All of the tanks and bombs & guns in the world can't cure that socio-economic condition.


Agreed, as in most every aspect of life, education is the key to success, and creating economic opportunities for those kids that might be attracted to the life of terrorism. Well said, man, well said.
 
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J.D. Hall
United States
Oklahoma
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fightcitymayor wrote:
So much of what constitutes "fighting terrorism" happens in the shadows, so pontificating about "where we are" tends to be stabbing in the dark by we puny mortals in the non-intelligence community. But as the generals tried to tell us once: There isn't a military solution for this problem. If entire regions of the world have no economic opportunities for young men, then the siren song of radical Islam will always be a welcoming alternative as a place to feed their rage, soothe their egos, and pin their misfortunes on "the great satan of the west."

As we've seen, all it takes is one ticked-off young dude with a rented truck and you've got jihadist violence. You have to take away the young man's reasons for joining jihad before the threat goes away. Look at many Western Muslims: They are too busy working jobs, raising bratty kids, wondering if their husbands changed the oil in the family car, and hoping it doesn't rain this weekend so they can get the lawn mowed to bother with running white vans into innocent people. Give these young men a life & no one runs off to join the holy war against the West.

All of the tanks and bombs & guns in the world can't cure that socio-economic condition.


With all sincere due respect, that's as generalized as what Bergen wrote. Certainly, economic factors enter into it. So do political factors. ISIS, Al-Qaeda et al are also nurtured by the lack of political freedom as much as economic freedom. Dictators and kings are basically the only type of governments that exist in most Muslim-majority countries. The inability to express oneself on political and social matters coupled with the lack of economic opportunity and rampant, almost blatant corruption, represents a witch's brew for potential terrorists.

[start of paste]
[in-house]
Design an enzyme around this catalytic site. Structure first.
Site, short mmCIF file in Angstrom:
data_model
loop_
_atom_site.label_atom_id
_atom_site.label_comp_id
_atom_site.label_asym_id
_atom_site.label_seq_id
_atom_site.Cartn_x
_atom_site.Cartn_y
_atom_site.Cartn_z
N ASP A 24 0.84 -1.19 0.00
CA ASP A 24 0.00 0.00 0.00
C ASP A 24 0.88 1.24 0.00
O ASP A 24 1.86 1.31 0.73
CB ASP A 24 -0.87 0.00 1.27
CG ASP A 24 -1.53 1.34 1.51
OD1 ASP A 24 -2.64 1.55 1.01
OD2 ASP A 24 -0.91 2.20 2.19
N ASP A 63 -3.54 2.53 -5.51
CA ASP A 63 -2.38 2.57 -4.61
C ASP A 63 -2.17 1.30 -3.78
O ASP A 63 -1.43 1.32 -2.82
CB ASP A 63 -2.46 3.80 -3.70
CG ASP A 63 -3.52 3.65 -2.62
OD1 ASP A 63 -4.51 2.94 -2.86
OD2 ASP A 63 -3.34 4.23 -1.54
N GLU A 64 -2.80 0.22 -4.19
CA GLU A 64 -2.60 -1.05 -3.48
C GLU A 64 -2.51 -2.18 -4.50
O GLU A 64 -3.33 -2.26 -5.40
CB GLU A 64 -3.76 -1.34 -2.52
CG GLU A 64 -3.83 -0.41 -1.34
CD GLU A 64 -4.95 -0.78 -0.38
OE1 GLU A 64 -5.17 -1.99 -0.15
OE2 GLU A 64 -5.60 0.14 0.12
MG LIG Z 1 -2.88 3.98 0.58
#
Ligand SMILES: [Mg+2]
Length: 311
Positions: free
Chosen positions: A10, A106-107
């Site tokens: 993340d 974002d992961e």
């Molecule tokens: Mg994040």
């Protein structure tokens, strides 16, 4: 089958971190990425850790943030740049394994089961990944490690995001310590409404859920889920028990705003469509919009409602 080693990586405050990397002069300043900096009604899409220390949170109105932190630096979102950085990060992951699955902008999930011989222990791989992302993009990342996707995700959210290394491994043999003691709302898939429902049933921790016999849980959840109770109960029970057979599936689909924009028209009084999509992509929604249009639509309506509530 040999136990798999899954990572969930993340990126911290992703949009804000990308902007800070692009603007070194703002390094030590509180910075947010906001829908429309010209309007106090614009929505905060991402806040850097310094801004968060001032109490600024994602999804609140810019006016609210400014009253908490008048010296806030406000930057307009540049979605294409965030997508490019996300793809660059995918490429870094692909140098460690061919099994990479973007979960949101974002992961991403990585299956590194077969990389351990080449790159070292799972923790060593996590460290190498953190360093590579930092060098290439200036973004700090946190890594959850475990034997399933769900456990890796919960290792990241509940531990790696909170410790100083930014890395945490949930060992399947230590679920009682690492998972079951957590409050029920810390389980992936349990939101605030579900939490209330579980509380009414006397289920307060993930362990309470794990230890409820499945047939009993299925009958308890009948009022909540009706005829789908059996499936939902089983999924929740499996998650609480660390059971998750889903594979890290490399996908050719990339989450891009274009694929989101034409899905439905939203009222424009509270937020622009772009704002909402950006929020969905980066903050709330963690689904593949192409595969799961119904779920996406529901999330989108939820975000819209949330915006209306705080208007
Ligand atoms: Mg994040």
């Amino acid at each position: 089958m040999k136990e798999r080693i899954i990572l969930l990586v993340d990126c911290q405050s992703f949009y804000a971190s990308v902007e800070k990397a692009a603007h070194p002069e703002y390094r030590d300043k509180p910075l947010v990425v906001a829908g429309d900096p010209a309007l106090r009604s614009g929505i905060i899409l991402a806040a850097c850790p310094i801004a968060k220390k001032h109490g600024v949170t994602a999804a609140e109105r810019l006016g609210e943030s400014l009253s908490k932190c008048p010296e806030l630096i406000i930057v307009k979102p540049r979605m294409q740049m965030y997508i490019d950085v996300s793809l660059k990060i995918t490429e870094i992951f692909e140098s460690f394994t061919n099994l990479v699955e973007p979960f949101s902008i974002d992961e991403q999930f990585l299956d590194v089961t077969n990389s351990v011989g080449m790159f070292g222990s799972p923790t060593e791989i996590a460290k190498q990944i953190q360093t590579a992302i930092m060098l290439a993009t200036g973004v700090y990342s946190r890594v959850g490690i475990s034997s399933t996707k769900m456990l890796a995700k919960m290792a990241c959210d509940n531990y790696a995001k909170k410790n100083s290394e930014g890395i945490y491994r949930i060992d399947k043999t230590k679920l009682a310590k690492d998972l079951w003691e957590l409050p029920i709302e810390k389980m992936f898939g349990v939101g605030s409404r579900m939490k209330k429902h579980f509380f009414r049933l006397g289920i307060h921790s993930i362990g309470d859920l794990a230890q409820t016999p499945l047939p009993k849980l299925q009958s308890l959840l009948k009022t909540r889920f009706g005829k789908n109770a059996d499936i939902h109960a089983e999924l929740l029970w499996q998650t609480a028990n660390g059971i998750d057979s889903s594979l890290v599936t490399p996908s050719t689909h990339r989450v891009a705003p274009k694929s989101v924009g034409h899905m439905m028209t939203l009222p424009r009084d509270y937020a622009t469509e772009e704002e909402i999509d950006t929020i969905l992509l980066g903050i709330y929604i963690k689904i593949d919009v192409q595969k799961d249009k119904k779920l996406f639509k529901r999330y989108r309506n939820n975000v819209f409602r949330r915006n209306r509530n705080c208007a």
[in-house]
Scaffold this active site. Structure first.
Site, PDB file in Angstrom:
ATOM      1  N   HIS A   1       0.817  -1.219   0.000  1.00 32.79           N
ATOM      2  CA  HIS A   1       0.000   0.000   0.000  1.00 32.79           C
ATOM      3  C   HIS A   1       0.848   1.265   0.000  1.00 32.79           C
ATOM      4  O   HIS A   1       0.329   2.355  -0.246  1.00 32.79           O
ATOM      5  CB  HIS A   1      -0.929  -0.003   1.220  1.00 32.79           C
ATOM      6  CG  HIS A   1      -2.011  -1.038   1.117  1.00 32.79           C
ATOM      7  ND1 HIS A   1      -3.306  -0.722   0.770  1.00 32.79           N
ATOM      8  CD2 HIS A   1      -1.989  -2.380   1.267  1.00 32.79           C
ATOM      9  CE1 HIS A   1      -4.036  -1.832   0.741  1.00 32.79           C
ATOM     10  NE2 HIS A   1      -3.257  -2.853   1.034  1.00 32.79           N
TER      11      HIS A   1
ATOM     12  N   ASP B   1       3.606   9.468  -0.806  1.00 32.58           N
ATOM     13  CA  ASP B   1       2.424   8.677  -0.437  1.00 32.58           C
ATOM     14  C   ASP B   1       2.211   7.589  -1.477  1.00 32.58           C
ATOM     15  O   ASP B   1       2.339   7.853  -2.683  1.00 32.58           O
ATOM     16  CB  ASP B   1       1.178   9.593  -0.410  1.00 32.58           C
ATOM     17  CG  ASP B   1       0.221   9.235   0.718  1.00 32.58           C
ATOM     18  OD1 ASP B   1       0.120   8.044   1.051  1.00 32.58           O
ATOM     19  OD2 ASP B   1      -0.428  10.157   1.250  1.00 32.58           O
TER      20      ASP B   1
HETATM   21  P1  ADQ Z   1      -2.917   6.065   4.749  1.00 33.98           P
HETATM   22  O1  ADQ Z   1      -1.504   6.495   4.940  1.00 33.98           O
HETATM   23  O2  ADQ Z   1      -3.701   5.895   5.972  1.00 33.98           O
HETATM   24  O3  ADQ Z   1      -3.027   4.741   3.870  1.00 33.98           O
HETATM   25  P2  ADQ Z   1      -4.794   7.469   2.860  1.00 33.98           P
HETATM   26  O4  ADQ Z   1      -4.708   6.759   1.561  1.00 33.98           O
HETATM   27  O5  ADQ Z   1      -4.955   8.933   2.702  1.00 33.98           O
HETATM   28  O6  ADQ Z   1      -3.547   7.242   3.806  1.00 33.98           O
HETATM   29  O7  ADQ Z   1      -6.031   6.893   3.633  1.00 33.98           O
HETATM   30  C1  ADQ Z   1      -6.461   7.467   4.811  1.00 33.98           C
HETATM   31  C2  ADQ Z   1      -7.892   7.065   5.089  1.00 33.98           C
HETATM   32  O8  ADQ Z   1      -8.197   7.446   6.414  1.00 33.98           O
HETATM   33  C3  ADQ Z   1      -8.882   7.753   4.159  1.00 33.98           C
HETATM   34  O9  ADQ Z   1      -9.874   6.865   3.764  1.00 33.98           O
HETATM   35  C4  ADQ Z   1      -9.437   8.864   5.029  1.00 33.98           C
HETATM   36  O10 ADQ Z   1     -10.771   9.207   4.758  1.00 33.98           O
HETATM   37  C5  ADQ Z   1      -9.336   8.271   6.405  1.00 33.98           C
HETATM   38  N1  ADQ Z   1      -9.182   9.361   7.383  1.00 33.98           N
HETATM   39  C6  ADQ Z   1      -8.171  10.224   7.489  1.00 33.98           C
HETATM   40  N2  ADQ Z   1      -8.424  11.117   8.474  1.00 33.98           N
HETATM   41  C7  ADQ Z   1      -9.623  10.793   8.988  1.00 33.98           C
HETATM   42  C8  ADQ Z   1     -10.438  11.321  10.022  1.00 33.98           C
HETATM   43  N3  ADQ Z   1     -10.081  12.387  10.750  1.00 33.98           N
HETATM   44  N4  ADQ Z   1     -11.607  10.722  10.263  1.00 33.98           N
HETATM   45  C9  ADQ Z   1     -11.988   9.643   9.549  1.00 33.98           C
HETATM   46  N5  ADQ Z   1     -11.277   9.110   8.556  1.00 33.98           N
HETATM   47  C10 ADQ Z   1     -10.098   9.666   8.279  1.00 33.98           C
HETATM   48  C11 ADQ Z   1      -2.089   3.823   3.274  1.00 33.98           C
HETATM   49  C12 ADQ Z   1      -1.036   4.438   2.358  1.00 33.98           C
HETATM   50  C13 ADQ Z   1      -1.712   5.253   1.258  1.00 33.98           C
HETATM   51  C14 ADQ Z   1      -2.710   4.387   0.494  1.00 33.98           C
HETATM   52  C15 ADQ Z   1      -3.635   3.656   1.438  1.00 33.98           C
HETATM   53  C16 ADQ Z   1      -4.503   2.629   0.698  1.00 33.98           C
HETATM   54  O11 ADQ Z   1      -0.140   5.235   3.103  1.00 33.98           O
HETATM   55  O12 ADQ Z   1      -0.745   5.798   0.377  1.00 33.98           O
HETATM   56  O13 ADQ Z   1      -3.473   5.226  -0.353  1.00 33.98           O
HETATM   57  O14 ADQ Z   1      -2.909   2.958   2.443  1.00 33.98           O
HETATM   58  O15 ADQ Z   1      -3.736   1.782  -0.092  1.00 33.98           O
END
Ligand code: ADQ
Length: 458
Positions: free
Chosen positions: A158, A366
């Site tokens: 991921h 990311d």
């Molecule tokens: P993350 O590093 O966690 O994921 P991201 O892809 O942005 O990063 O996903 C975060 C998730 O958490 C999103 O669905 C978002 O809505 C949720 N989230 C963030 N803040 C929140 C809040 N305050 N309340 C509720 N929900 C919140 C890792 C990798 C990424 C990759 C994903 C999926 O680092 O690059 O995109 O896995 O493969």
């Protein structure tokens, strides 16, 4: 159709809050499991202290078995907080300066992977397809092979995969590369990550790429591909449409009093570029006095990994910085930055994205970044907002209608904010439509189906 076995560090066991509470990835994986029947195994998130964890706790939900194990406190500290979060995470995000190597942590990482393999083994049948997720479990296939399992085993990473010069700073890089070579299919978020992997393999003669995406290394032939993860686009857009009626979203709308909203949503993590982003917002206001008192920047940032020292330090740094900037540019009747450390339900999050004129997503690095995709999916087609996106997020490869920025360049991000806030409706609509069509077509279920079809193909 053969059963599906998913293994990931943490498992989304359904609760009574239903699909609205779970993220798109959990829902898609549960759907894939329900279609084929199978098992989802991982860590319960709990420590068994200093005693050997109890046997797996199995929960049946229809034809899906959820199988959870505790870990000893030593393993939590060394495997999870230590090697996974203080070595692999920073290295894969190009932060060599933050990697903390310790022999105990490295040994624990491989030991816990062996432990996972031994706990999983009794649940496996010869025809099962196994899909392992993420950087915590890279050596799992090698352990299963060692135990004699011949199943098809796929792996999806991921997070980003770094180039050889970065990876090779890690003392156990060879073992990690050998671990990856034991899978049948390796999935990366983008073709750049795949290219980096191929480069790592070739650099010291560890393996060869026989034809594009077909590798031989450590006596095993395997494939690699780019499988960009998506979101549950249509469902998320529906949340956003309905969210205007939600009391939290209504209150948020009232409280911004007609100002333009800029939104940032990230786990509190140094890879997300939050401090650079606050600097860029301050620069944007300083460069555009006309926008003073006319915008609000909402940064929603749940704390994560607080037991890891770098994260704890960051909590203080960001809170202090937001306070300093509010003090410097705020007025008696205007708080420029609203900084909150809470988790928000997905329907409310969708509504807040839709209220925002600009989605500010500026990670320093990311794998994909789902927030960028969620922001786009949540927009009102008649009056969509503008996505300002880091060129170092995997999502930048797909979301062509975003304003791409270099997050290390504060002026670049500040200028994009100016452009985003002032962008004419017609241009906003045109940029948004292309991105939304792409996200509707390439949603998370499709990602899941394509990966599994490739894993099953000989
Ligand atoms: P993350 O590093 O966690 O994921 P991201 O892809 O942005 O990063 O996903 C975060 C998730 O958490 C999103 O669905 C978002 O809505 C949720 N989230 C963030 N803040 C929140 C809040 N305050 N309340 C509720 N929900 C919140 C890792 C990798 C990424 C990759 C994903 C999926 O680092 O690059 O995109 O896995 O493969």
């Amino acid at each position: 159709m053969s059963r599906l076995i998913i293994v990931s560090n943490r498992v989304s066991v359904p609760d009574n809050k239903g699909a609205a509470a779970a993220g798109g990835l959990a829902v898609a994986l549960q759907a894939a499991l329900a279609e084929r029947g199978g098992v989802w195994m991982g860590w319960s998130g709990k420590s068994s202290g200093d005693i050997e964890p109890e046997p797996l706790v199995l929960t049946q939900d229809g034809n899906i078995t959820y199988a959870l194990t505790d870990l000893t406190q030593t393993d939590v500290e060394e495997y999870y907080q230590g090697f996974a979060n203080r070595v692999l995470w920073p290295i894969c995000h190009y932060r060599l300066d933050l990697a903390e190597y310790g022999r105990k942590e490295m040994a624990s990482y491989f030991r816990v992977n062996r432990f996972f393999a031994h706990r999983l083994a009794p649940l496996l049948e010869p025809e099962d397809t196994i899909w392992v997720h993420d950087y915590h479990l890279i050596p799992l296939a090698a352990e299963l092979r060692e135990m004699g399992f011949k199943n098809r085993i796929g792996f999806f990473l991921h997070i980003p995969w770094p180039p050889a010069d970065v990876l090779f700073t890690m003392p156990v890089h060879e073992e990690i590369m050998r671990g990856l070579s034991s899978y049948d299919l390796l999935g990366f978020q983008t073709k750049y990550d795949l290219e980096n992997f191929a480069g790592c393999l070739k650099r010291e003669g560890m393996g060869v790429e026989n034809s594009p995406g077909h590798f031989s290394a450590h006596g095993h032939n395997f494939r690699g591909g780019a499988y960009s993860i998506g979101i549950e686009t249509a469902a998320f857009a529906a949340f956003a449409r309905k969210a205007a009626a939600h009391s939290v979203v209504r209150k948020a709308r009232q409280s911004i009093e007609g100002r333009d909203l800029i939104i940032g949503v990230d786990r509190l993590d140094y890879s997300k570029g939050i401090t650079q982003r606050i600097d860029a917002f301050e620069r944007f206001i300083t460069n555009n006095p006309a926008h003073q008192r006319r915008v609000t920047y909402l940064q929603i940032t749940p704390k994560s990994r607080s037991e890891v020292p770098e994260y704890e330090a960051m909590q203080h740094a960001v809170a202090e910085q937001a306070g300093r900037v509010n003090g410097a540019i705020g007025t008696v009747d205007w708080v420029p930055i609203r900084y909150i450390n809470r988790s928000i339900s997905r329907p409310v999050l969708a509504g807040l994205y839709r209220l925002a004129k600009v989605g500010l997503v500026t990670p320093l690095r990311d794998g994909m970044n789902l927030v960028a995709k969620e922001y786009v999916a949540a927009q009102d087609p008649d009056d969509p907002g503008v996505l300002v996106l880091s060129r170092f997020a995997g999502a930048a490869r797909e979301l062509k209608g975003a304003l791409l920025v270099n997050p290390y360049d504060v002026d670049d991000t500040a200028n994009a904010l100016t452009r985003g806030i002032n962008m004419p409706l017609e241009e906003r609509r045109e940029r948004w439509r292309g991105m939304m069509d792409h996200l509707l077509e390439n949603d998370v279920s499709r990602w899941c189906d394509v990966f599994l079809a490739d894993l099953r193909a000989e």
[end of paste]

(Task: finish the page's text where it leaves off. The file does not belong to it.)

If that isn't enough, the European colonial period (as opposed to the Ottoman colonial period) is still fresh enough that many Arabs have a built-in resentment towards Christendom. And let's not forget the Battle of Marathon -- the Asian-European conflict stretches back thousands of years.

That's why I put the Bergen piece here -- it's a nice, quick and dirty overview of what is an incredibly complex, indeed murky, issue.
 
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Adrien Boyeldieu
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remorseless1 wrote:
The inability to express oneself on political and social matters coupled with the lack of economic opportunity and rampant, almost blatant corruption, represents a witch's brew for potential terrorists.


Doesn't that explain home-grown terrorists too? I mean, it isn't just people in Muslim-majority countries carrying out attacks.
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J.D. Hall
United States
Oklahoma
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theweefrenchman wrote:
remorseless1 wrote:
The inability to express oneself on political and social matters coupled with the lack of economic opportunity and rampant, almost blatant corruption, represents a witch's brew for potential terrorists.


Doesn't that explain home-grown terrorists too? I mean, it isn't just people in Muslim-majority countries carrying out attacks.

I can't speak on European "lone wolves," but here in the States, the home-grown version tend to be isolated, loner-types who use that ISIS nonsense to do some good, old-fashioned American mass murders. Recall the guy in the Orlando tragedy -- a deeply-closeted homosexual who went out and vented his inner rage on 50 people at a night club.